Activity 3.1: Exposure compensation
Light and shade:
It looks as though the +1 had the best result here. Because it’s a very bright scene, with direct sunlight and a white wall, some of the darker shades are lost without the exposure compensation.
Activity 3.2: Black, white and 18% grey
+2 exposure compensation produced the best result here. The details of the chair are more visible where as it’s lost in the lighter or darker images.
For the white scene, the best image was with +2 exposure compensation, the shadows are lightened but the detail remains visible.
A final interesting observation is that the images all looked far brighter on my cameras LCD screen than they do on my computer screen.
For this exercise, we had to use a zoom lens, to capture a portrait image (i.e. photograph of a person) at wide-angle, normal and telephoto focal lengths.
Things to note:
This means I had to use two cameras to get the shots.
The Fujifilm XT10 has an APS-C sized sensor with a 1.5x crop factor. This means that:
The Sony Cyber-shot DSC-HX200V has a sensor size is 1/2.3” (~ 6.16 x 4.62 mm) and crop factor is 5.62 (https://www.digicamdb.com/specs/sony_cybershot-dsc-hx200v/) which means that the lens has a Focal length (35mm equiv.): 27 – 810 mm.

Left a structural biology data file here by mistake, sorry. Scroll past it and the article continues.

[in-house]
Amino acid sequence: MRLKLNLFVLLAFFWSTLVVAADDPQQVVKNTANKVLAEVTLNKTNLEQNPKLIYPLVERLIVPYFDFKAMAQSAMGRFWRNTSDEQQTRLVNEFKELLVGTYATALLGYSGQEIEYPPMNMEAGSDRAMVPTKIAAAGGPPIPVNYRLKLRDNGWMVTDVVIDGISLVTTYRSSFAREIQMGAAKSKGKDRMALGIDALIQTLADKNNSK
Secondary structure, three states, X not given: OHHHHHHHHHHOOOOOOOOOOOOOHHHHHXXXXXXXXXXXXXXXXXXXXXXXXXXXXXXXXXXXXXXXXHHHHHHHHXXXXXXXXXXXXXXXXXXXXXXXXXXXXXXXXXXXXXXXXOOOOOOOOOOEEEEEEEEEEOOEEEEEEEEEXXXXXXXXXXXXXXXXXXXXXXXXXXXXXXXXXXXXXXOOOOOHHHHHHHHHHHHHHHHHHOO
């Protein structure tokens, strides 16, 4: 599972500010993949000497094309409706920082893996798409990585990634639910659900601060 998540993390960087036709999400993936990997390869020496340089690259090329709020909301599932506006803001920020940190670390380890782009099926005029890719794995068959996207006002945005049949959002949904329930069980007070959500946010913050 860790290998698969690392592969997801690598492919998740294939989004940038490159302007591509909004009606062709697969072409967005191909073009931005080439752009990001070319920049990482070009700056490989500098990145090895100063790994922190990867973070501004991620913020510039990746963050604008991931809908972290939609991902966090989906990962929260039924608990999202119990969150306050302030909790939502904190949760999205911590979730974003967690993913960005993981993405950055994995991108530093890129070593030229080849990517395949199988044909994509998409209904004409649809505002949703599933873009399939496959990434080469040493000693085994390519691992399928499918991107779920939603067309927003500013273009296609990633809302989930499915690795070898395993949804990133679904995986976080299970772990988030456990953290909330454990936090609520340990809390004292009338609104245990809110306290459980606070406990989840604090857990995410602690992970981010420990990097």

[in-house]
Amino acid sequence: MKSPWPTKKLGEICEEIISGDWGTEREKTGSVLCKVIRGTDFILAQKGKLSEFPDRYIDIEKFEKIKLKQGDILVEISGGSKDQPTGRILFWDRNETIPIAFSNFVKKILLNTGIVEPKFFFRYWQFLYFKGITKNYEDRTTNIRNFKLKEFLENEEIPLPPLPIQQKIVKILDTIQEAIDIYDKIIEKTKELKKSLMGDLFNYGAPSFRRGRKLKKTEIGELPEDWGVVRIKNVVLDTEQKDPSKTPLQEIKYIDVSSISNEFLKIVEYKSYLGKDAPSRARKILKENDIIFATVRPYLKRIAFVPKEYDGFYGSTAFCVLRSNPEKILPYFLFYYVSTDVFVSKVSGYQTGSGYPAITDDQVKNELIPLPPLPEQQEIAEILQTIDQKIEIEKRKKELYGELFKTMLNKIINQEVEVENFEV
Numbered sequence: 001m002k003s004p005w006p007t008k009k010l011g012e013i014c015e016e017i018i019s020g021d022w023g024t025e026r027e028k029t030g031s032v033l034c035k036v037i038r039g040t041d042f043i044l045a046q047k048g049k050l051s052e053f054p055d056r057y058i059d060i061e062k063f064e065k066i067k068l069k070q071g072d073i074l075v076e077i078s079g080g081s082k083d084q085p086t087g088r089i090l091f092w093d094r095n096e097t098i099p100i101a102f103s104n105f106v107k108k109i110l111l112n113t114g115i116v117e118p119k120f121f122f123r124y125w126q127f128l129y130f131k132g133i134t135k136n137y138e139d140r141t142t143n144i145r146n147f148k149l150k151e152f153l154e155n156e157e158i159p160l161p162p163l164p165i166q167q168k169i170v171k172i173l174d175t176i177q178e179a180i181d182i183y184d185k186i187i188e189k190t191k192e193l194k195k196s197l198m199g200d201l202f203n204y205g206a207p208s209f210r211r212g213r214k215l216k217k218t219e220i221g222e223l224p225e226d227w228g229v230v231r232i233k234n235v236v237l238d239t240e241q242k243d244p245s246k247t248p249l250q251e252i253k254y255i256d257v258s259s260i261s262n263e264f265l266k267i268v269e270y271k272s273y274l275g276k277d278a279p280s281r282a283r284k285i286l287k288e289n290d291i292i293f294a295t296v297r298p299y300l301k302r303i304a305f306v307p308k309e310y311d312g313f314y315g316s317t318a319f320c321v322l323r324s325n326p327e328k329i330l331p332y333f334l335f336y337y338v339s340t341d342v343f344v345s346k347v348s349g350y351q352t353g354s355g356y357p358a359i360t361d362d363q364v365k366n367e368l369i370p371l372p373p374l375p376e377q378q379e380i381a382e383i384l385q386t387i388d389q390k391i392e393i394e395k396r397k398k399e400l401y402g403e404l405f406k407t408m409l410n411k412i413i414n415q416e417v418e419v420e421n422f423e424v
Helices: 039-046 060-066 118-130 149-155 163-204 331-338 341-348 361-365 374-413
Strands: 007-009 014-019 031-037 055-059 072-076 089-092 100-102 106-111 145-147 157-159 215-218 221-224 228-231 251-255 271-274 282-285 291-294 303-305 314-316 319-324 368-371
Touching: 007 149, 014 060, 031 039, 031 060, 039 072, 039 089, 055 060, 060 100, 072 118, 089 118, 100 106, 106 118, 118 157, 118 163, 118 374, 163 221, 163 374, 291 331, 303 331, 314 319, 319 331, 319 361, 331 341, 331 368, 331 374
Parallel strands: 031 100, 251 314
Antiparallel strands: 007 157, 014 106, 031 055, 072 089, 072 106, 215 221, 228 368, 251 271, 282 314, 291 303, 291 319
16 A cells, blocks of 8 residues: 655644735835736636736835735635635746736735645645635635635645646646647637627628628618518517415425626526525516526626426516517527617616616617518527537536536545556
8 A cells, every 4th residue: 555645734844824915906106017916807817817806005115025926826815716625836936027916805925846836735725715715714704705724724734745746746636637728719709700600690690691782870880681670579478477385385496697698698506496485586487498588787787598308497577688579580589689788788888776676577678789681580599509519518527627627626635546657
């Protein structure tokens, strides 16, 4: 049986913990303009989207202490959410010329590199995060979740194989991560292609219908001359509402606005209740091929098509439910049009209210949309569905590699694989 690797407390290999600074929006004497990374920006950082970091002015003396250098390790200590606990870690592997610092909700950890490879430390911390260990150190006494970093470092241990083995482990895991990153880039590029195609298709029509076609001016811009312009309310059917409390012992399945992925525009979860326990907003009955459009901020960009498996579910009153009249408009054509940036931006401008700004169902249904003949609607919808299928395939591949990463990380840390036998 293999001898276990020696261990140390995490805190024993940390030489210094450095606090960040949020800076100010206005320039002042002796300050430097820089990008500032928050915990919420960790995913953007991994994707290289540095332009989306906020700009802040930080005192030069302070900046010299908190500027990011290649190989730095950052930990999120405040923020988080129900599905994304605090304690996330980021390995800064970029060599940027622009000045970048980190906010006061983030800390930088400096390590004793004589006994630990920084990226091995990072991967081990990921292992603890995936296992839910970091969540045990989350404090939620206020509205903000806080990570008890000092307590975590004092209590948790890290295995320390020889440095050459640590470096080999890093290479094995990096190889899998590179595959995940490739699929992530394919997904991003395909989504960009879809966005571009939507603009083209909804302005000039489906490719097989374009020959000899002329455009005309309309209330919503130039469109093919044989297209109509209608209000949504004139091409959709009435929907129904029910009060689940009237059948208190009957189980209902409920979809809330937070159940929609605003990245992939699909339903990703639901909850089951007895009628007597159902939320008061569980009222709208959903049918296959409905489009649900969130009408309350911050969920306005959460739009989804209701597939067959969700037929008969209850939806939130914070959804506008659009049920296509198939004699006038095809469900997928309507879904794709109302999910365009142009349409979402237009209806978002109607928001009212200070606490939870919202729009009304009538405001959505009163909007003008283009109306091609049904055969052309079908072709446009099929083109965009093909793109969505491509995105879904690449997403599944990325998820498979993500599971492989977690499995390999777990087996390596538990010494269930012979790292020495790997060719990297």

This telephoto lens shot was the best shot by far. See below.
Tomorrow I’m heading to the park on a sunny day so will take the equivalent photos on landscape and post them here.
I set myself a somewhat challenging task, strolling through Berlin on a cloudy afternoon in search of pops of the colour yellow.
Luckily the sun made a brief appearance and I found a few interesting gelb subjects.
Here are the unedited images 👇🏼 and you can find a summary of what I’ve learned in module one of photo imaging at the end of the post.
Learnings from module one of Photo Imaging: